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Reconstructing patterns of coastal risk in space and time along the US Atlantic coast, 1970–2016

Reconstructing patterns of coastal risk in space and time along the US Atlantic coast, 1970–2016
Reconstructing patterns of coastal risk in space and time along the US Atlantic coast, 1970–2016
Despite interventions intended to reduce impacts of coastal hazards, the risk of damage along the US Atlantic coast continues to rise. This reflects a long-standing paradox in disaster science: even as physical and social insights into disaster events improve, the economic costs of disasters keep growing. Risk can be expressed as a function of three components: hazard, exposure, and vulnerability. Risk may be driven up by coastal hazards intensifying with climate change, or by increased exposure of people and infrastructure in hazard zones. But risk may also increase because of interactions, or feedbacks, between hazard, exposure, and vulnerability. Using empirical records of shoreline change, valuation of owner-occupied housing, and beach-nourishment projects to represent hazard, exposure, and vulnerability, here we present a data-driven model that describes trajectories of risk at the county scale along the US Atlantic coast over the past 5 decades. We also investigate quantitative relationships between risk components that help explain these trajectories. We find higher property exposure in counties where hazard from shoreline change has appeared to reverse from high historical rates of shoreline erosion to low rates in recent decades. Moreover, exposure has increased more in counties that have practised beach nourishment intensively. The spatio-temporal relationships that we show between exposure and hazard, and between exposure and vulnerability, indicate a feedback between coastal development and beach nourishment that exemplifies the “safe development paradox”, in which hazard protections encourage further development in places prone to hazard impacts. Our findings suggest that spatially explicit modelling efforts to predict future coastal risk need to address feedbacks between hazard, exposure, and vulnerability to capture emergent patterns of risk in space and time.
1684-9981
2497-2511
Armstrong, Scott B.
83514fef-1710-4477-9e75-64425b2022b1
Lazarus, Eli
642a3cdb-0d25-48b1-8ab8-8d1d72daca6e
Armstrong, Scott B.
83514fef-1710-4477-9e75-64425b2022b1
Lazarus, Eli
642a3cdb-0d25-48b1-8ab8-8d1d72daca6e

Armstrong, Scott B. and Lazarus, Eli (2019) Reconstructing patterns of coastal risk in space and time along the US Atlantic coast, 1970–2016. Natural Hazards and Earth System Sciences, 19, 2497-2511. (doi:10.5194/nhess-19-2497-2019).

Record type: Article

Abstract

Despite interventions intended to reduce impacts of coastal hazards, the risk of damage along the US Atlantic coast continues to rise. This reflects a long-standing paradox in disaster science: even as physical and social insights into disaster events improve, the economic costs of disasters keep growing. Risk can be expressed as a function of three components: hazard, exposure, and vulnerability. Risk may be driven up by coastal hazards intensifying with climate change, or by increased exposure of people and infrastructure in hazard zones. But risk may also increase because of interactions, or feedbacks, between hazard, exposure, and vulnerability. Using empirical records of shoreline change, valuation of owner-occupied housing, and beach-nourishment projects to represent hazard, exposure, and vulnerability, here we present a data-driven model that describes trajectories of risk at the county scale along the US Atlantic coast over the past 5 decades. We also investigate quantitative relationships between risk components that help explain these trajectories. We find higher property exposure in counties where hazard from shoreline change has appeared to reverse from high historical rates of shoreline erosion to low rates in recent decades. Moreover, exposure has increased more in counties that have practised beach nourishment intensively. The spatio-temporal relationships that we show between exposure and hazard, and between exposure and vulnerability, indicate a feedback between coastal development and beach nourishment that exemplifies the “safe development paradox”, in which hazard protections encourage further development in places prone to hazard impacts. Our findings suggest that spatially explicit modelling efforts to predict future coastal risk need to address feedbacks between hazard, exposure, and vulnerability to capture emergent patterns of risk in space and time.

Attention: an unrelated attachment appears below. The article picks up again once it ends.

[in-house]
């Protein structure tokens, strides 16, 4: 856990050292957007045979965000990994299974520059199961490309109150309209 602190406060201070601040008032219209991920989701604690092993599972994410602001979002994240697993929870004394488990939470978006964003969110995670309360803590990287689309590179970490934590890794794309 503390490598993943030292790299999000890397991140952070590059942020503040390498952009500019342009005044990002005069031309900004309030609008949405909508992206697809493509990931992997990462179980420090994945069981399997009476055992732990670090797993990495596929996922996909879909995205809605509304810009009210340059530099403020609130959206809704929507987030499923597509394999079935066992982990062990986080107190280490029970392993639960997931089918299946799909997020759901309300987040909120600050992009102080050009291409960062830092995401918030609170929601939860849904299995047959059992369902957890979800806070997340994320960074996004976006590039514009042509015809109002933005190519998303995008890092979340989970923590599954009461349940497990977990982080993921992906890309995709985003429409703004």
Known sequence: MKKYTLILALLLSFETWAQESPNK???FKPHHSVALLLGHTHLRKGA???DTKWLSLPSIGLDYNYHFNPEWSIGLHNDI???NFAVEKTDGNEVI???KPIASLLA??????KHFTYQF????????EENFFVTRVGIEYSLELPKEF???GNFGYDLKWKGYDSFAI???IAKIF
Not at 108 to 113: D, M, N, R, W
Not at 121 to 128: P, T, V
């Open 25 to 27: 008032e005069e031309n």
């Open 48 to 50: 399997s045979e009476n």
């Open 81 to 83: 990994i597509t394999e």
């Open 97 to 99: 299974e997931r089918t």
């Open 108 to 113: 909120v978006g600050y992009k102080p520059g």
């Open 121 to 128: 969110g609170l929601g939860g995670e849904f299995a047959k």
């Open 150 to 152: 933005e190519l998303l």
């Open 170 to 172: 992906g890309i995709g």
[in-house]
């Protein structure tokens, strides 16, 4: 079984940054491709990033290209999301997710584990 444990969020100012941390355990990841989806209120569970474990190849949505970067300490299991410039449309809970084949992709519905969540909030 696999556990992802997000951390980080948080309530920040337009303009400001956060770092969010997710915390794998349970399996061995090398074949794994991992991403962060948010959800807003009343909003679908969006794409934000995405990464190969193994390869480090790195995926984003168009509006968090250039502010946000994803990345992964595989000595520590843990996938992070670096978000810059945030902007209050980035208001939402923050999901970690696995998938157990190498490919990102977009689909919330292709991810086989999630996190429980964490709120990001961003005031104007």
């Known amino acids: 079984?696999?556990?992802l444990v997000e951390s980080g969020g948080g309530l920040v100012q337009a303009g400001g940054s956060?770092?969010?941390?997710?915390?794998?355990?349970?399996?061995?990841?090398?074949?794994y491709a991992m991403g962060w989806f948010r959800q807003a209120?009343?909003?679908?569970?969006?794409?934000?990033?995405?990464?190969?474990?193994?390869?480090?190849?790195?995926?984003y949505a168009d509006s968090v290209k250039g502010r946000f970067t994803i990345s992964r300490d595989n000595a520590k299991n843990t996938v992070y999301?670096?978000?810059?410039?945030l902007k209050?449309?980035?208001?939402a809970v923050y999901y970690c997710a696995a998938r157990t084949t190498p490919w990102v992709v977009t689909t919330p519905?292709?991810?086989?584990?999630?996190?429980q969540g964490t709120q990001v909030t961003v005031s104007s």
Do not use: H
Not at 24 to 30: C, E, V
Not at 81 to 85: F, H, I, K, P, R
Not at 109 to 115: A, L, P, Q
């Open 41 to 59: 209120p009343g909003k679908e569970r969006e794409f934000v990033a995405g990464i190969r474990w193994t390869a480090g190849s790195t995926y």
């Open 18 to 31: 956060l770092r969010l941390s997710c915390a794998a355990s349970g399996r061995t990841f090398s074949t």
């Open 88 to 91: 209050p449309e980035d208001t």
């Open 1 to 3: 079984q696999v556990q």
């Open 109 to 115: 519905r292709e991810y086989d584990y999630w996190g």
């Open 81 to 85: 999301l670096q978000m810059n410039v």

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Accepted/In Press date: 9 October 2019
Published date: 12 November 2019

Identifiers

Local EPrints ID: 436321
URI: http://eprints.soton.ac.uk/id/eprint/436321
ISSN: 1684-9981
PURE UUID: 4584e51d-a6cc-493d-8596-76d5bace6f84
ORCID for Eli Lazarus: ORCID iD orcid.org/0000-0003-2404-9661

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Date deposited: 06 Dec 2019 17:30
Last modified: 07 Oct 2020 02:13

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